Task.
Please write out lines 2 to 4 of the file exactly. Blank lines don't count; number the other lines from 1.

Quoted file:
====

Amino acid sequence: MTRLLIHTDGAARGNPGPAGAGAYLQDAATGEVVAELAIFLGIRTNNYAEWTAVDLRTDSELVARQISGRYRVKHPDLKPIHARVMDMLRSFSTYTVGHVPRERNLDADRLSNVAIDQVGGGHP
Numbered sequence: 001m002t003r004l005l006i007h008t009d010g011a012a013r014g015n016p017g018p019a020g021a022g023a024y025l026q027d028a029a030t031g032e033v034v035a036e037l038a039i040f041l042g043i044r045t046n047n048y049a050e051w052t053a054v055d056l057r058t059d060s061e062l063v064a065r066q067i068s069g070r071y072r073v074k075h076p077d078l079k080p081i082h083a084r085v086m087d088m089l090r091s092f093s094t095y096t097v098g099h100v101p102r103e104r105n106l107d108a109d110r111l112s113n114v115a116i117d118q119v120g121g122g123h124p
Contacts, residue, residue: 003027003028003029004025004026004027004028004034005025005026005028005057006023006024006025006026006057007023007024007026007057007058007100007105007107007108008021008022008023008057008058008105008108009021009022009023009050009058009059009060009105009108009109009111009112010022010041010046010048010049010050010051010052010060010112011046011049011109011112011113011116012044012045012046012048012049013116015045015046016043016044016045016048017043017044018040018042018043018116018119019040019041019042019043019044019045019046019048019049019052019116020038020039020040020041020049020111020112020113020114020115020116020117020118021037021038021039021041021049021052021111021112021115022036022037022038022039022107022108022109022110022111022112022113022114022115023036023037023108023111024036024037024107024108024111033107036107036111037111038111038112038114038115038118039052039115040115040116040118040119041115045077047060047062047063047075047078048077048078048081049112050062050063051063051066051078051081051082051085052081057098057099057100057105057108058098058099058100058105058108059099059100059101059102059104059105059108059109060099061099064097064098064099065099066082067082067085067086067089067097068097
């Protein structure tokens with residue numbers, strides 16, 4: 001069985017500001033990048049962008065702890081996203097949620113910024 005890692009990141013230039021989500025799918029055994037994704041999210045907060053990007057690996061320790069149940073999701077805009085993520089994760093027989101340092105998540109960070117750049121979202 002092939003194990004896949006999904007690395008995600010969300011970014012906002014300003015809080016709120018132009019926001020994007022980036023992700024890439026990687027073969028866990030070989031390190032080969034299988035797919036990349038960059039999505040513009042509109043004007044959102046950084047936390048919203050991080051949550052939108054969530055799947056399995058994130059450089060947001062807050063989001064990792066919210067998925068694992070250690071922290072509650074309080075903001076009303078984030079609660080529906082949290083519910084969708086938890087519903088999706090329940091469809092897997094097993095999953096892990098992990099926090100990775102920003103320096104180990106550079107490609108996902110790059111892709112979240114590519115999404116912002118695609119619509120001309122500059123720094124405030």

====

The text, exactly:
Numbered sequence: 001m002t003r004l005l006i007h008t009d010g011a012a013r014g015n016p017g018p019a020g021a022g023a024y025l026q027d028a029a030t031g032e033v034v035a036e037l038a039i040f041l042g043i044r045t046n047n048y049a050e051w052t053a054v055d056l057r058t059d060s061e062l063v064a065r066q067i068s069g070r071y072r073v074k075h076p077d078l079k080p081i082h083a084r085v086m087d088m089l090r091s092f093s094t095y096t097v098g099h100v101p102r103e104r105n106l107d108a109d110r111l112s113n114v115a116i117d118q119v120g121g122g123h124p
Contacts, residue, residue: 003027003028003029004025004026004027004028004034005025005026005028005057006023006024006025006026006057007023007024007026007057007058007100007105007107007108008021008022008023008057008058008105008108009021009022009023009050009058009059009060009105009108009109009111009112010022010041010046010048010049010050010051010052010060010112011046011049011109011112011113011116012044012045012046012048012049013116015045015046016043016044016045016048017043017044018040018042018043018116018119019040019041019042019043019044019045019046019048019049019052019116020038020039020040020041020049020111020112020113020114020115020116020117020118021037021038021039021041021049021052021111021112021115022036022037022038022039022107022108022109022110022111022112022113022114022115023036023037023108023111024036024037024107024108024111033107036107036111037111038111038112038114038115038118039052039115040115040116040118040119041115045077047060047062047063047075047078048077048078048081049112050062050063051063051066051078051081051082051085052081057098057099057100057105057108058098058099058100058105058108059099059100059101059102059104059105059108059109060099061099064097064098064099065099066082067082067085067086067089067097068097
């Protein structure tokens with residue numbers, strides 16, 4: 001069985017500001033990048049962008065702890081996203097949620113910024 005890692009990141013230039021989500025799918029055994037994704041999210045907060053990007057690996061320790069149940073999701077805009085993520089994760093027989101340092105998540109960070117750049121979202 002092939003194990004896949006999904007690395008995600010969300011970014012906002014300003015809080016709120018132009019926001020994007022980036023992700024890439026990687027073969028866990030070989031390190032080969034299988035797919036990349038960059039999505040513009042509109043004007044959102046950084047936390048919203050991080051949550052939108054969530055799947056399995058994130059450089060947001062807050063989001064990792066919210067998925068694992070250690071922290072509650074309080075903001076009303078984030079609660080529906082949290083519910084969708086938890087519903088999706090329940091469809092897997094097993095999953096892990098992990099926090100990775102920003103320096104180990106550079107490609108996902110790059111892709112979240114590519115999404116912002118695609119619509120001309122500059123720094124405030």